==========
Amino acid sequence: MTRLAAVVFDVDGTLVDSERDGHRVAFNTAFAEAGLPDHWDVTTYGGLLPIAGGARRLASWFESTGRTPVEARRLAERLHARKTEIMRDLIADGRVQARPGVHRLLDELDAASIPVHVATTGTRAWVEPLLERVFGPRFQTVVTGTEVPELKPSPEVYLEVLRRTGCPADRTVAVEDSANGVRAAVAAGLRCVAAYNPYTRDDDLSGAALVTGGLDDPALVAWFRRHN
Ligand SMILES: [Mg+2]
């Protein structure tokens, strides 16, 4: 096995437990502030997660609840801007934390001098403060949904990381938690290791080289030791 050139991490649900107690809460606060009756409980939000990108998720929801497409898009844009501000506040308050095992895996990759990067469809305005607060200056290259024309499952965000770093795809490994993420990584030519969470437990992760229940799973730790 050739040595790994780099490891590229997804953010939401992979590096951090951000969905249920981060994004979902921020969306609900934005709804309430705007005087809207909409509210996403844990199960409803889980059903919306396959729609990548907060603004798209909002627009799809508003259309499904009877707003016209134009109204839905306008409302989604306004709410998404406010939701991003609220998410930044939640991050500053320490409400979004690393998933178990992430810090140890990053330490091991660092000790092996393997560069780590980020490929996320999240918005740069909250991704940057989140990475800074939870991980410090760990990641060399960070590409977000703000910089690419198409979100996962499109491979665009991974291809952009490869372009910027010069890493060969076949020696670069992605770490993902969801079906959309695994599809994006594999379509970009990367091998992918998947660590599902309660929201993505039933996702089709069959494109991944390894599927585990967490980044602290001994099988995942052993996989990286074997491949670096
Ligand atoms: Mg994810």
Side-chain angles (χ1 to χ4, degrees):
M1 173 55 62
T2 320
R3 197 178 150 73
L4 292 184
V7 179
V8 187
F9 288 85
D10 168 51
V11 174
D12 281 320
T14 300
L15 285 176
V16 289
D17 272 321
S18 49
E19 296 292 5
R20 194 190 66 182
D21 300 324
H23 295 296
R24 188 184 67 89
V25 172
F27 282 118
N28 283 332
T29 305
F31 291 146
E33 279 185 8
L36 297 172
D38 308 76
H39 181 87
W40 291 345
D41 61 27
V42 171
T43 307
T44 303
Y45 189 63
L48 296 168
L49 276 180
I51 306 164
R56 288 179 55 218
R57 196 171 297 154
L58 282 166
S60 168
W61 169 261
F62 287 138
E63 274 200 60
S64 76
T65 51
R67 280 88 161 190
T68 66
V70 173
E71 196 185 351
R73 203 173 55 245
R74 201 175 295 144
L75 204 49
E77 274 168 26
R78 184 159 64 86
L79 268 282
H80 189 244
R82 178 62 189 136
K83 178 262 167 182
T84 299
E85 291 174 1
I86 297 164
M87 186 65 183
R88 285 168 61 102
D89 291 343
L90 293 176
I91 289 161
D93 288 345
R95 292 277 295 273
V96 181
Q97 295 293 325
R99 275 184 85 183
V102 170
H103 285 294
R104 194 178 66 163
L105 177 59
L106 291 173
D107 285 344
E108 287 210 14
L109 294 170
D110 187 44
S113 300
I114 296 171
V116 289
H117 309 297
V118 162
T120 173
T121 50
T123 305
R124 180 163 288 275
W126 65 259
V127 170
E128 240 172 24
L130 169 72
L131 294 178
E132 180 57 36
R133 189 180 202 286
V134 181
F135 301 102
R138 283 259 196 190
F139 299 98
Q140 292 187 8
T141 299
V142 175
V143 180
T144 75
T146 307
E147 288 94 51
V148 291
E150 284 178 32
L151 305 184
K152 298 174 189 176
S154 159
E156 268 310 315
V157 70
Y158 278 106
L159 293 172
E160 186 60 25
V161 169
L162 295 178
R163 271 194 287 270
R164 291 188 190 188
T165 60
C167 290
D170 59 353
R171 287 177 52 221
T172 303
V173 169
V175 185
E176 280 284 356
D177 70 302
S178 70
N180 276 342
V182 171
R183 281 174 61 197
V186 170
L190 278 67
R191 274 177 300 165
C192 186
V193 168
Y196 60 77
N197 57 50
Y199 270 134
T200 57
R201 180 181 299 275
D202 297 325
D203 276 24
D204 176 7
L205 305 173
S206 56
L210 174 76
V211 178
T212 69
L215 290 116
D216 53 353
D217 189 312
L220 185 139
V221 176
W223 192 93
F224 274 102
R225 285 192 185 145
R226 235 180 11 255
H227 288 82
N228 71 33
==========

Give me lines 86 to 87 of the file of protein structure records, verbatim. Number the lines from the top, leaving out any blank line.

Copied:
L109 294 170
D110 187 44